However, very quickly the discussion on Tunisian transitional justice focused to a greater extent on reparations than on truth-revealing. Indeed, amnesty was provided for anyone subjected to conviction or prosecution for political reasons. As of today more than 12 000 former political prisoners have benefited from this amnesty, which also includes compensation, reparation and rehabilitation, for example providing recruitment in the public sector (Preysing, 2016, p.143). Very controversial, this amnesty was suspected of being a means to place Islamist supporters in the administration, for example several members of the Salafist party were allocated important posts, particularly in the education sector (Ben Hamadi, 2013). Indeed, the reparations by any form of preferential recruitment (or positive discrimination) finds its limits in that differentiation between victims is very difficult to apply for political criteria. The Tunisian process is characterized by a categorization of victims according to different times or types of violations suffered, which encourages a kind of ‘victimhood’ and thus contributes to fueling its politicization (Preysing, 2016, p.37).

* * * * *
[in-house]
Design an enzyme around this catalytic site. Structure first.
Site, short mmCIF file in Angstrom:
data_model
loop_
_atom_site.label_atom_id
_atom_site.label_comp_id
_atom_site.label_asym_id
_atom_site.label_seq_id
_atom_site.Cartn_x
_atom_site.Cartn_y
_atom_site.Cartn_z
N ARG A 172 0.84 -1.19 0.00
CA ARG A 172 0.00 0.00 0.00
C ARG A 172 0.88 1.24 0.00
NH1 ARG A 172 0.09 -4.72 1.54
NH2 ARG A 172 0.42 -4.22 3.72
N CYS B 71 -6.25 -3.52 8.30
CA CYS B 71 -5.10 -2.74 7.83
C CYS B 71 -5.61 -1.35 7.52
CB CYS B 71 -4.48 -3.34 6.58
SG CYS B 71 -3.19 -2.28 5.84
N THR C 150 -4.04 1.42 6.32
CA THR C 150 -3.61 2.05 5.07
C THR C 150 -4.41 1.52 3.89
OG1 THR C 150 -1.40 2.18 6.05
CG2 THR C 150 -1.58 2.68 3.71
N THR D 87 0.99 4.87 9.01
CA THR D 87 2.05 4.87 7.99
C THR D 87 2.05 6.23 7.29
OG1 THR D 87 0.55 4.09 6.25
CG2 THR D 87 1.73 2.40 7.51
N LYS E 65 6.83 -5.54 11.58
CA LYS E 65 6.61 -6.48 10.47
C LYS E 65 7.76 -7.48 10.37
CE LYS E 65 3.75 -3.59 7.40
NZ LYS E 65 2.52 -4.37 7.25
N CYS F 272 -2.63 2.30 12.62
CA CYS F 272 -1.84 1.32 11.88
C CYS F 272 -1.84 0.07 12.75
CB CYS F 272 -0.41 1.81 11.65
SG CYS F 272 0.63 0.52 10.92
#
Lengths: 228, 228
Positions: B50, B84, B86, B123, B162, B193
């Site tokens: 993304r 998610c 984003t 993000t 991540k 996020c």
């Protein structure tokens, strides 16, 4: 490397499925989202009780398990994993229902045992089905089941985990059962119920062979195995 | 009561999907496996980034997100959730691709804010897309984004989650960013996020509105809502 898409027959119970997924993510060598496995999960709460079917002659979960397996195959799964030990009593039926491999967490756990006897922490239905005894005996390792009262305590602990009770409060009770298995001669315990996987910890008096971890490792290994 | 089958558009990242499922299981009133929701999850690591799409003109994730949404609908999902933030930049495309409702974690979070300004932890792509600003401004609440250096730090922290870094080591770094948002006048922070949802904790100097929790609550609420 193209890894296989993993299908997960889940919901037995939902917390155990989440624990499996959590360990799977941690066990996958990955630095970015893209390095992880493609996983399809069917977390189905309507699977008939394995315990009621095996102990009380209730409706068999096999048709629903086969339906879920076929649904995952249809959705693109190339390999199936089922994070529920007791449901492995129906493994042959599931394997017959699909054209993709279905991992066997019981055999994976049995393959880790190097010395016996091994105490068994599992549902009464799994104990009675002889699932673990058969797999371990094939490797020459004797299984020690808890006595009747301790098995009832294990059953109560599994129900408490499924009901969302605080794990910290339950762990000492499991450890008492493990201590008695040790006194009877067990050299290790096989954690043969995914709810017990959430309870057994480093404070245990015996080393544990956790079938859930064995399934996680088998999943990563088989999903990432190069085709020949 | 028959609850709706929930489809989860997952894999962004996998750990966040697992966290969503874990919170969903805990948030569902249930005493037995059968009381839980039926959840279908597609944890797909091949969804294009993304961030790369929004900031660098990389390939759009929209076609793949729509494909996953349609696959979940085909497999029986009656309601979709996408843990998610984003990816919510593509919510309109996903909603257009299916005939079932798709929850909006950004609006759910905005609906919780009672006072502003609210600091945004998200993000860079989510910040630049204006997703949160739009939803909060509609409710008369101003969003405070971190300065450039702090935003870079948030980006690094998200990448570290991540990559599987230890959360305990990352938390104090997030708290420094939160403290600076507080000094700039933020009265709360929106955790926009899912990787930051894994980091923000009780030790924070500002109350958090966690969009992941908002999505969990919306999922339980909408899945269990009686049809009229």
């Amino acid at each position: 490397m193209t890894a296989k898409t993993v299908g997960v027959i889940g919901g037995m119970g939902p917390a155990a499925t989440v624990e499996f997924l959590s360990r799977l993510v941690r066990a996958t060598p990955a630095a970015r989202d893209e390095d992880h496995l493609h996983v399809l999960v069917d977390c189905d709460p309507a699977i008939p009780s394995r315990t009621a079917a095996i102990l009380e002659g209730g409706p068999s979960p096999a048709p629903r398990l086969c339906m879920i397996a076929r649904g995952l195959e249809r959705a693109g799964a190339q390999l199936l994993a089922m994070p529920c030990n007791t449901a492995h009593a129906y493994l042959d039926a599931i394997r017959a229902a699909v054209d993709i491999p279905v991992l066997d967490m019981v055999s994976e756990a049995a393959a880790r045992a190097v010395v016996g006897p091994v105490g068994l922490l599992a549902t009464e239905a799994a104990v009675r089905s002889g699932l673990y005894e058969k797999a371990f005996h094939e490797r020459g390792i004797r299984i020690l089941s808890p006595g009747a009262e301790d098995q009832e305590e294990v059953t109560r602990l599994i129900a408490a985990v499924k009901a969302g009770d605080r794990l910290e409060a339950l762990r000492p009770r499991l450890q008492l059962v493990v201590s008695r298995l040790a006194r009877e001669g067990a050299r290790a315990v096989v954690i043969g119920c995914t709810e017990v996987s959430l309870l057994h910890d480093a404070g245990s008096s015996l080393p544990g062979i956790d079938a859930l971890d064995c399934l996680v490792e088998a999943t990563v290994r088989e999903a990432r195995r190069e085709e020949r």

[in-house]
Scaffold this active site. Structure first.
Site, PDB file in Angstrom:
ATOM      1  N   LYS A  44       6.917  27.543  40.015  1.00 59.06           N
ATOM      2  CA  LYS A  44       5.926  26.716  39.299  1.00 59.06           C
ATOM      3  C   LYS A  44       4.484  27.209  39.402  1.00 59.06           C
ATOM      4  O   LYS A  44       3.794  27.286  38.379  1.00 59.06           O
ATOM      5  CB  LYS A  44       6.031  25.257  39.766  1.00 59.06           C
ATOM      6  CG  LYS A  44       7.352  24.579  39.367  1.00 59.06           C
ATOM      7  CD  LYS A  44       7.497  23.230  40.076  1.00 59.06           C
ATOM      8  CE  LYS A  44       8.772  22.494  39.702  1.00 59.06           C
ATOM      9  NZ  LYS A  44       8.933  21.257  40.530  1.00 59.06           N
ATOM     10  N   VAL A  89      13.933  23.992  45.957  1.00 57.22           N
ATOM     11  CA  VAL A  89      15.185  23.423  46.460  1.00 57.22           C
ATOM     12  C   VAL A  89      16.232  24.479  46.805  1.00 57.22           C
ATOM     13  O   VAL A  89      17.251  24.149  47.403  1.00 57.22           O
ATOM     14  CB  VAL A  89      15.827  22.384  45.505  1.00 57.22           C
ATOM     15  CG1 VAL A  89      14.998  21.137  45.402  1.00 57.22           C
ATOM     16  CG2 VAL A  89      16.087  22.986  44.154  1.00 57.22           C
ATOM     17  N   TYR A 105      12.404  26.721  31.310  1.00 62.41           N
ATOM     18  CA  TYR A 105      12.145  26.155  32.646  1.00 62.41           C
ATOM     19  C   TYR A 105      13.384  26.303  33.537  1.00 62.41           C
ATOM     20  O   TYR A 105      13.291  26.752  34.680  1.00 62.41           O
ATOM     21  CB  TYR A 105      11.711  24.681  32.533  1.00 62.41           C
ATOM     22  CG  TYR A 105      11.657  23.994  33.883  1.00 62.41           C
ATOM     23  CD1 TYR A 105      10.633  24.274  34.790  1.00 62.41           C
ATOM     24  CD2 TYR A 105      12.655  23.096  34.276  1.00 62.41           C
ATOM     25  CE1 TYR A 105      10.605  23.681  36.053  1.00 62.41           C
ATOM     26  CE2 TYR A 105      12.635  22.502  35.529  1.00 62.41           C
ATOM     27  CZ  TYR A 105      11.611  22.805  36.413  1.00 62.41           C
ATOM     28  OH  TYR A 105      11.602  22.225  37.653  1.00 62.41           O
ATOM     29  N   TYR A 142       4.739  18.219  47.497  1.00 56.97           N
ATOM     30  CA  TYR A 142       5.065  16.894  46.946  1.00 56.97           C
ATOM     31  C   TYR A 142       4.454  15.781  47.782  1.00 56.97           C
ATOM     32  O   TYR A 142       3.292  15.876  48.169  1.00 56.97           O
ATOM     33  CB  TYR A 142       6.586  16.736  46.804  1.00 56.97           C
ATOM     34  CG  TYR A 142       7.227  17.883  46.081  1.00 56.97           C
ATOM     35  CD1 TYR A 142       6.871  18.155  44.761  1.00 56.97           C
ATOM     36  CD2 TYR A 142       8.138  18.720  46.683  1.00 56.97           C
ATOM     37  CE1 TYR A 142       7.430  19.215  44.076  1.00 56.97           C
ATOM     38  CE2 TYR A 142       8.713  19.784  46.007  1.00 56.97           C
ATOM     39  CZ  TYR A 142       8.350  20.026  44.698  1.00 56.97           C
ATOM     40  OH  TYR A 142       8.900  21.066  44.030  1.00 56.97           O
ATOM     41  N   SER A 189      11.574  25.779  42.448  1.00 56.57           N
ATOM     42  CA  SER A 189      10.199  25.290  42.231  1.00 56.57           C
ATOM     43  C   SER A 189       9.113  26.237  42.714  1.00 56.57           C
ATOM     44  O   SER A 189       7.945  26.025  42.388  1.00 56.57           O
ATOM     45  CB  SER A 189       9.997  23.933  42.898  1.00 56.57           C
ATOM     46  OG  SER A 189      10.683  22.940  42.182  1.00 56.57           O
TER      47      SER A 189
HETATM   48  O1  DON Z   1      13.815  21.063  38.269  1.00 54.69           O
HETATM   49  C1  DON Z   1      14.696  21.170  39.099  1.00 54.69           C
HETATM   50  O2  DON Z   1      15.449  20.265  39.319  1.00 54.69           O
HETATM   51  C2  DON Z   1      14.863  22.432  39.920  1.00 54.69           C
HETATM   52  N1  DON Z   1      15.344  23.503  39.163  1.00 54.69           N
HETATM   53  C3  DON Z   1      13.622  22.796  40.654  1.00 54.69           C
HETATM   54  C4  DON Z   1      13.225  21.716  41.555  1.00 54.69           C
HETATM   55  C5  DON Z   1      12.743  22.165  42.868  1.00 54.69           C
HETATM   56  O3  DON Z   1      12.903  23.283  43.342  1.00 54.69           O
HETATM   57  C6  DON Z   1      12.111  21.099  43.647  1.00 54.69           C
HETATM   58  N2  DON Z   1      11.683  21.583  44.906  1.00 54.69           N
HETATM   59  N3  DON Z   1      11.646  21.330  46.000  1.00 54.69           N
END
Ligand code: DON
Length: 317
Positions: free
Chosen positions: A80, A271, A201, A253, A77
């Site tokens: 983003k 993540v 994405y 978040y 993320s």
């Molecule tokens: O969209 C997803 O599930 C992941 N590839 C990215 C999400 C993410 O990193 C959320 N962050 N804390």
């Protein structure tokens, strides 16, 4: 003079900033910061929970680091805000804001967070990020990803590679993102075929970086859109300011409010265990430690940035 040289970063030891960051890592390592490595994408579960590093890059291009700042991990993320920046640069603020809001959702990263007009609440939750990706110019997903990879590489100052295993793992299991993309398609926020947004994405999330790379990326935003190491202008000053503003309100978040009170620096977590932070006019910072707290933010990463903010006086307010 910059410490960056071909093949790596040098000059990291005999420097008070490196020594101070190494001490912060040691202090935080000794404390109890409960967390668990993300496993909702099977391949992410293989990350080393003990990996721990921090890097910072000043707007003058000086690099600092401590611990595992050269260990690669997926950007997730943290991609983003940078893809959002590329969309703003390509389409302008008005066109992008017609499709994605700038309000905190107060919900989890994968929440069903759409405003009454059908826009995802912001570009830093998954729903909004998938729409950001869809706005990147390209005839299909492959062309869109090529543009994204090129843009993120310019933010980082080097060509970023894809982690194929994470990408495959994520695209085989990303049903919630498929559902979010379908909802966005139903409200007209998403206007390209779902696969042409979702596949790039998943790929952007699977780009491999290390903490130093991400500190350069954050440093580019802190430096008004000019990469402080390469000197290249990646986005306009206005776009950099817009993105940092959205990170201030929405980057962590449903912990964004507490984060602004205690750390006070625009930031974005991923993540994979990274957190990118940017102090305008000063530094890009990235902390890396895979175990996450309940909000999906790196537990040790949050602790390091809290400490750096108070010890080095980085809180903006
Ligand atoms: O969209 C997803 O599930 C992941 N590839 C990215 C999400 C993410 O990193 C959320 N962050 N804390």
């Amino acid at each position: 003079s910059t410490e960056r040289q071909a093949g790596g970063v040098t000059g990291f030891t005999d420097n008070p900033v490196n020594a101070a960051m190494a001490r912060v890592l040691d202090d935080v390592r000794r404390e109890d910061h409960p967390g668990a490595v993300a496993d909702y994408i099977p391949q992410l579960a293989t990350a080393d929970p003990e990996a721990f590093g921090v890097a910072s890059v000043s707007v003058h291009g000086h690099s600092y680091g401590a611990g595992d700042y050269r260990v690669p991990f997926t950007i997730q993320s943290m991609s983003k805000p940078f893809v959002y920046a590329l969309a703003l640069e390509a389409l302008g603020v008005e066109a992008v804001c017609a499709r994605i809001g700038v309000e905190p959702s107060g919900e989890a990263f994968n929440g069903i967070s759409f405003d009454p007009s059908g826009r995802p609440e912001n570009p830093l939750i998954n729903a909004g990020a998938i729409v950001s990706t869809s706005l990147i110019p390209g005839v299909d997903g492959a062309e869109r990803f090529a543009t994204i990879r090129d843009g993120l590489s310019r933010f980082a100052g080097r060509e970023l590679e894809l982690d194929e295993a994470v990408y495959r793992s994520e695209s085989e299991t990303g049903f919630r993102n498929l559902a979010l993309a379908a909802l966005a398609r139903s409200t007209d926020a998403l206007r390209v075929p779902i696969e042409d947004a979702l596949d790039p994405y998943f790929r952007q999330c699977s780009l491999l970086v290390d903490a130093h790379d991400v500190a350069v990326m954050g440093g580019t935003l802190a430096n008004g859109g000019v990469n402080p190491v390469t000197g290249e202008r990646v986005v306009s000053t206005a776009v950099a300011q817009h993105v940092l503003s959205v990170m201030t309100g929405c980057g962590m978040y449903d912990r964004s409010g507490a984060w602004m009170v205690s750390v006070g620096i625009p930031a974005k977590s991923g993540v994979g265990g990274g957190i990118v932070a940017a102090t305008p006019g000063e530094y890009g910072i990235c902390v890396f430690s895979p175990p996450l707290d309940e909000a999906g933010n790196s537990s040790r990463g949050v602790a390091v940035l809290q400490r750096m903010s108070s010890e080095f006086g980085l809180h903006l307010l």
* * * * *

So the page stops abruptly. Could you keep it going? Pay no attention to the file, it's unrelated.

The compensation of revolutionary martyrs and wounded citizens aims to build a commemoration building, a museum of the revolution, make January 14th a national holiday, to give the streets names of martyrs and incorporate teaching about the revolution in history textbooks program (Human Rights Watch, 2012a). It defines the martyrs of the revolution as ‘persons who risked their lives for the revolution, died or were victims of physical harm causing them an infirmity, during the period extending from 17 December 2010 to 19 February 2011’ (De Greiff, 2013, p.7). To take advantage of reparations, rights-holders should contact the government and provide a medical certificate guaranteeing their situation as ‘martyrs’. This process has led to numerous injustices: for example, some victims could not afford the 80 dinars necessary to acquire the certificate whereas other citizens had the support of corrupt doctors (Andrieu at al., 2015, p.20). In fact, the definition and establishment of clear lists of victims suffered from a lack of transparency and is a considerable obstacle for the legitimization of Tunisian transitional justice. However, overall a total of 6000 dinars was allocated for 2,749 wounded and 40,000 dinars for the families of 347 martyrs (Human Rights Watch, 2012a). Transitional justice plays a crucial role in diagnosing the problem but also in dealing with material and psychological assistance and symbolic measures (Van Zyl, 2005).